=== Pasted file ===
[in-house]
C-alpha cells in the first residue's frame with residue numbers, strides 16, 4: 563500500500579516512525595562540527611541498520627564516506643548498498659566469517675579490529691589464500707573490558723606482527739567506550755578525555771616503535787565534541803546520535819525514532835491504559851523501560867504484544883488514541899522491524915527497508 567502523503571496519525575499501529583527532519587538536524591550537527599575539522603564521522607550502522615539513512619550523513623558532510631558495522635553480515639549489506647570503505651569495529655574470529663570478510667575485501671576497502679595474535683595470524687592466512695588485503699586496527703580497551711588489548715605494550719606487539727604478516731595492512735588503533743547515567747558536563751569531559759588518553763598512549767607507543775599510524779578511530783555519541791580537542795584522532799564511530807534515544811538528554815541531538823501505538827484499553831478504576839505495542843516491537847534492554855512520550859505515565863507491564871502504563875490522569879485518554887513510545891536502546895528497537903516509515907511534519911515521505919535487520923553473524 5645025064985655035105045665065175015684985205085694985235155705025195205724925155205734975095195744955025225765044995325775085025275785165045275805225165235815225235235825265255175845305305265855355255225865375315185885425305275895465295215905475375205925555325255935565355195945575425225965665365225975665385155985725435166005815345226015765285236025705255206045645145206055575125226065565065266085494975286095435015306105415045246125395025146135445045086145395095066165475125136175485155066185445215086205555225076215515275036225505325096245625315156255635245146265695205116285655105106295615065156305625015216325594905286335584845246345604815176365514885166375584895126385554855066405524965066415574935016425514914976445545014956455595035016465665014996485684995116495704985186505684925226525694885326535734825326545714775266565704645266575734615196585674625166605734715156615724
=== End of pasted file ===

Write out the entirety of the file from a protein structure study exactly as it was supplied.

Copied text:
[in-house]
C-alpha cells in the first residue's frame with residue numbers, strides 16, 4: 563500500500579516512525595562540527611541498520627564516506643548498498659566469517675579490529691589464500707573490558723606482527739567506550755578525555771616503535787565534541803546520535819525514532835491504559851523501560867504484544883488514541899522491524915527497508 567502523503571496519525575499501529583527532519587538536524591550537527599575539522603564521522607550502522615539513512619550523513623558532510631558495522635553480515639549489506647570503505651569495529655574470529663570478510667575485501671576497502679595474535683595470524687592466512695588485503699586496527703580497551711588489548715605494550719606487539727604478516731595492512735588503533743547515567747558536563751569531559759588518553763598512549767607507543775599510524779578511530783555519541791580537542795584522532799564511530807534515544811538528554815541531538823501505538827484499553831478504576839505495542843516491537847534492554855512520550859505515565863507491564871502504563875490522569879485518554887513510545891536502546895528497537903516509515907511534519911515521505919535487520923553473524 5645025064985655035105045665065175015684985205085694985235155705025195205724925155205734975095195744955025225765044995325775085025275785165045275805225165235815225235235825265255175845305305265855355255225865375315185885425305275895465295215905475375205925555325255935565355195945575425225965665365225975665385155985725435166005815345226015765285236025705255206045645145206055575125226065565065266085494975286095435015306105415045246125395025146135445045086145395095066165475125136175485155066185445215086205555225076215515275036225505325096245625315156255635245146265695205116285655105106295615065156305625015216325594905286335584845246345604815176365514885166375584895126385554855066405524965066415574935016425514914976445545014956455595035016465665014996485684995116495704985186505684925226525694885326535734825326545714775266565704645266575734615196585674625166605734715156615724